The Digital Classicist wiki is a hub for scholars and students interested in the application of humanities computing to research in the ancient and Byzantine worlds. This wiki collects guidelines and suggestions of major technical issues, and catalogues digital projects and tools of relevance to classicists. The wiki also lists events, bibliographies, publications (print and electronic), and other developments in the field. A discussion group serves as grist for a list of Frequently Asked Questions. As members of the community provide answers and other suggestions, these will graduate into independent wiki articles providing work-in-progress guidelines and reports.

Explore the wiki at

Exhibition: Albrecht Dürer: Master Drawings, Watercolors, and Prints from the Albertina


Albrecht Dürer (1471–1528) has long been considered the greatest German artist, uniquely combining the status held in Italian art by Michelangelo in the sixteenth century, by Raphael in the 18th and 19th centuries, and by Leonardo da Vinci in our own day.

The finest collection of Dürer's drawings and watercolors is that of the Albertina in Vienna, Austria. One of the largest in the world, it is distinguished by many of the artist's most stunning masterpieces: watercolors such as The Great Piece of Turf, a sublime nature study of the Renaissance; chiaroscuro drawings such as The Praying Hands, surely the most famous drawing in the world; and the amazingly precocious silverpoint Self-Portrait at Thirteen, perhaps the earliest self-portrait drawing by any artist.

This groundbreaking exhibition is a culmination of decades of acquisition, study, and exhibitions of early German art at the National Gallery of Art. It presents 91—including most—of the superb Dürer watercolors and drawings from the Albertina and 27 of the museum’s best related engravings and woodcuts. It also includes 19 closely related drawings and prints from the Gallery’s own collection.

Schedule: National Gallery of Art, Washington, March 24–June 9, 2013

For more information go to

Article: The Expansion of Slavic Studies


The expansion of Slavic studies
Slavic PhD programs in the US are seeing an increase in applicant quality and quantity, but the job market presents new challenges
by Gabriella Safran
March 20, 2013

Many are well aware that a conversation about the career paths of graduate students in the humanities has been taking place in the US academy. It’s true that even while we in the Slavic Department at Stanford have always been very proud of our placement rate – the majority of our students have gone on to excellent teaching jobs – we see that the economy is changing. A number of professions that used to have the ability to absorb a lot of educated workers, and used to be reliable sources of high salaries and good benefits are not this way anymore. And along with other professions, we are seeing a shift in teaching at all levels, from elementary school to higher education. It used to be the case that most higher education instruction was done by tenure-track faculty who had middle-class salaries, benefits, and lifelong employment. Now, universities are shifting away from that model and increasingly employing contingent faculty. So it is more and more likely that our college students will be taught by someone with a lower salary and possibly fewer or no benefits. This cannot but affect our graduate students, not just in Slavic, of course, but in all fields. We used to feel that our best graduate students would get teaching jobs, and those jobs would be middle-class jobs. We can’t be sure about that anymore.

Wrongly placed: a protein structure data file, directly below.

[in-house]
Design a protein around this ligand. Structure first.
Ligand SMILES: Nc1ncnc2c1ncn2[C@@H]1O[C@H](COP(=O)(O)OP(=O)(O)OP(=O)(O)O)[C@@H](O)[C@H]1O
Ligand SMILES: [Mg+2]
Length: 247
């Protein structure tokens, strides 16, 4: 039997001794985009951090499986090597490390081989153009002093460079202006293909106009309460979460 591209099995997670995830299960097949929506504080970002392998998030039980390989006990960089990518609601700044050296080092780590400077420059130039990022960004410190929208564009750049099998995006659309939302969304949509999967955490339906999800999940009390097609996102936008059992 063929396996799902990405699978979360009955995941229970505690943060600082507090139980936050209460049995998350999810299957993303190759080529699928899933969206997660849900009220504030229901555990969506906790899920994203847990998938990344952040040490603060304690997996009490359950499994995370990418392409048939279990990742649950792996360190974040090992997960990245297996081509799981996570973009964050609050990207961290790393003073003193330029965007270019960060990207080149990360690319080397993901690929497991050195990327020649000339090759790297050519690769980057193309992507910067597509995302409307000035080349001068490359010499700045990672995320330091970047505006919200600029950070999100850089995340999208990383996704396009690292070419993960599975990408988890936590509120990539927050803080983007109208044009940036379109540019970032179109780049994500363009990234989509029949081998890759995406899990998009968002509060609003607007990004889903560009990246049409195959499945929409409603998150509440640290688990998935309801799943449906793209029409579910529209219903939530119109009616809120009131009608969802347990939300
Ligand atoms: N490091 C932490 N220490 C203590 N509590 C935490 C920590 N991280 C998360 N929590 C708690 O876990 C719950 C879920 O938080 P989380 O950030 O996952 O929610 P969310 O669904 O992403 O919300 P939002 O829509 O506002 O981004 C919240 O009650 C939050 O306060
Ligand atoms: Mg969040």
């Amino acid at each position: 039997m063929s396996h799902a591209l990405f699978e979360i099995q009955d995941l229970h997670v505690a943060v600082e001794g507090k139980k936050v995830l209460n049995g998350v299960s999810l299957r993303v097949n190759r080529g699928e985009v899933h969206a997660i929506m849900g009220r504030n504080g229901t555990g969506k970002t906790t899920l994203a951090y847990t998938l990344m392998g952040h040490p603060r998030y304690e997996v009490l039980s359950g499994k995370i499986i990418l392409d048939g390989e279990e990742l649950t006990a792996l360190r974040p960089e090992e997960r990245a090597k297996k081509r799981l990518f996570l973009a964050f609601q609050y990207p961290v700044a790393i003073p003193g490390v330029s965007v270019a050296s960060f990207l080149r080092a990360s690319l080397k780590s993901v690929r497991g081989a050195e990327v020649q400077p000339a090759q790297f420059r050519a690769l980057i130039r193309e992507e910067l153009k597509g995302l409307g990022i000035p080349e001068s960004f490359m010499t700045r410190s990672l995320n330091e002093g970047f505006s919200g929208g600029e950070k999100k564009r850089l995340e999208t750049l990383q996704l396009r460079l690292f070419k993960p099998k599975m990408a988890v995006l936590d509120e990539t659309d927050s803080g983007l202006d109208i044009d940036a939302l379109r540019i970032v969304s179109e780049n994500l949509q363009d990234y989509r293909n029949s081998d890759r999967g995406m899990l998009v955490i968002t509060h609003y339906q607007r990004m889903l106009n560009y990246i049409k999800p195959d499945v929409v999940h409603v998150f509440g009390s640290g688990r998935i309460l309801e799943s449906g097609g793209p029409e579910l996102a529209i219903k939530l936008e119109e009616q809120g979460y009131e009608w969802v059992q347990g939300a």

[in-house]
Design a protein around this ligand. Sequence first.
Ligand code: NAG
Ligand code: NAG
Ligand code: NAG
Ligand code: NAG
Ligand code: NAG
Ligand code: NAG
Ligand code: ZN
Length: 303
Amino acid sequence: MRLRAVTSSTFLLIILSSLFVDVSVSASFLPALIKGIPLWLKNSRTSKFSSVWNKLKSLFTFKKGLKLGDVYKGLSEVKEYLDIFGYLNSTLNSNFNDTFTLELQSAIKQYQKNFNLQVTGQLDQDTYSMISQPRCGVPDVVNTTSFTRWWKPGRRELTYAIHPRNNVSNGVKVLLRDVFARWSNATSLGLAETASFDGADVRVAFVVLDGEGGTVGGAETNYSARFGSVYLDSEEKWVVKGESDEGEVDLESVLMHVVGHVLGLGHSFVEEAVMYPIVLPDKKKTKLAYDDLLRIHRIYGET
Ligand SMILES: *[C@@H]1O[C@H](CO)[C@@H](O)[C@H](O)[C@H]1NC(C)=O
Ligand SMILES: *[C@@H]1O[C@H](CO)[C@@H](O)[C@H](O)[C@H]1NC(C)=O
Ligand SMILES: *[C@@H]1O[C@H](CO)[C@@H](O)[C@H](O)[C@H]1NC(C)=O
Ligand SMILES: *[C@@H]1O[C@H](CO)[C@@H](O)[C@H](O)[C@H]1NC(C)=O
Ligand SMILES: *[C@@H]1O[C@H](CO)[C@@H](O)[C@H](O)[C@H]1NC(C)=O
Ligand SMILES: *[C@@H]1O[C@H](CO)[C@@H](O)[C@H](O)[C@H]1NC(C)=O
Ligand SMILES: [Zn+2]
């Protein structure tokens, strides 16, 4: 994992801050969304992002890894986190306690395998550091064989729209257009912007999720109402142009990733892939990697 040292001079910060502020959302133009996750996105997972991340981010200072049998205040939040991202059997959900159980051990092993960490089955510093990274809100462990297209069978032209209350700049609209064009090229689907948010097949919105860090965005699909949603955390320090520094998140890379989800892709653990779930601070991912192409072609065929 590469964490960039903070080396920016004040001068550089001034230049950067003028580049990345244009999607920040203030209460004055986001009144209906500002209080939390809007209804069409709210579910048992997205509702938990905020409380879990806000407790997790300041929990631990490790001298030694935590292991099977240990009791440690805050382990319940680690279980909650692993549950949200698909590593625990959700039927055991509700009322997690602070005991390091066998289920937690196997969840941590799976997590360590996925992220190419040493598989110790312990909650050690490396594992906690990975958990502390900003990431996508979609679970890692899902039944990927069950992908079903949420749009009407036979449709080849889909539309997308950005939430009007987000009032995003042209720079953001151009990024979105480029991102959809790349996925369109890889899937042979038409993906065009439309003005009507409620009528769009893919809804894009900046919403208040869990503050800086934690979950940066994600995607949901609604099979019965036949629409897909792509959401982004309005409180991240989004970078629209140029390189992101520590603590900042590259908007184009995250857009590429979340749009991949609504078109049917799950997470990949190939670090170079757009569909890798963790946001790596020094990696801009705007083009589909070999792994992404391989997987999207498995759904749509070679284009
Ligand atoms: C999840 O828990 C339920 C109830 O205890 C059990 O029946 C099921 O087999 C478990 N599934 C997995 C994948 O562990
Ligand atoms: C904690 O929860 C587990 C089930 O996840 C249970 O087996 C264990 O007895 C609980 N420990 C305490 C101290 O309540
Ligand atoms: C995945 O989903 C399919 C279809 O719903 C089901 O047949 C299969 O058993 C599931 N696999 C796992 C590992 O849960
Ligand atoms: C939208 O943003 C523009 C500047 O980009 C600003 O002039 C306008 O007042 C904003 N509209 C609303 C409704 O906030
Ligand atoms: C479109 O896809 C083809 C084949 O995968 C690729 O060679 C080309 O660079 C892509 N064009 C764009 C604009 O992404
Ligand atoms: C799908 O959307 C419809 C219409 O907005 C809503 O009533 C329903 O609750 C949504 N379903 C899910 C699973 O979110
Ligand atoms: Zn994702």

Read on at

BASAbali: Learning Materials for Learning Balinese


BASA: Balinese Language Preservation Corp has created multimedia language materials for spoken Balinese and the endangered Balinese script. The language materials focus on 24 conversational videos, punctuated with language exercises, grammatical explanations and electronic flashcards. Cultural notes serve as a resource to anthropological, historical and current topics about Bali and a series of modules teach the endangered Balinese script. Free for nonprofit organizations. $25 for individuals to support nonprofit use.

Learn more and access the materials at
Read an article about the organization and the new materials at

Summer Classes for High School Heritage Language Speakers


UCLA offers language classes for high school students who speak, understand and/or hear Amharic, Arabic, Armenian, Hindi/ Urdu, Persian, and Russian at home and want to learn to read, write and expand their listening and speaking skills. A beginning Russian class is also offered.

Classes are Tuesdays, Wednesdays and Thursdays from 9am - 1pm.

All levels of heritage language students are accepted in the classes.

For full details and to register go to

Pennsylvania Deaf and Hard-of-hearing Students Sign Nursery Rhymes


LIU deaf and hard-of-hearing students sign nursery rhymes
The students narrated 10 stories for their film project in sign language
March 20, 2013

Landon Sharp is one of four students in Lincoln Intermediate Unit No. 12's deaf and hard-of-hearing class who are performing nursery rhymes for this year's film project.

Every other year, kindergarten through third grade students silently act out various stories on camera and the school's older students, grades four through 12, narrate them in sign language. This is the project's 10th anniversary and the school's fifth film.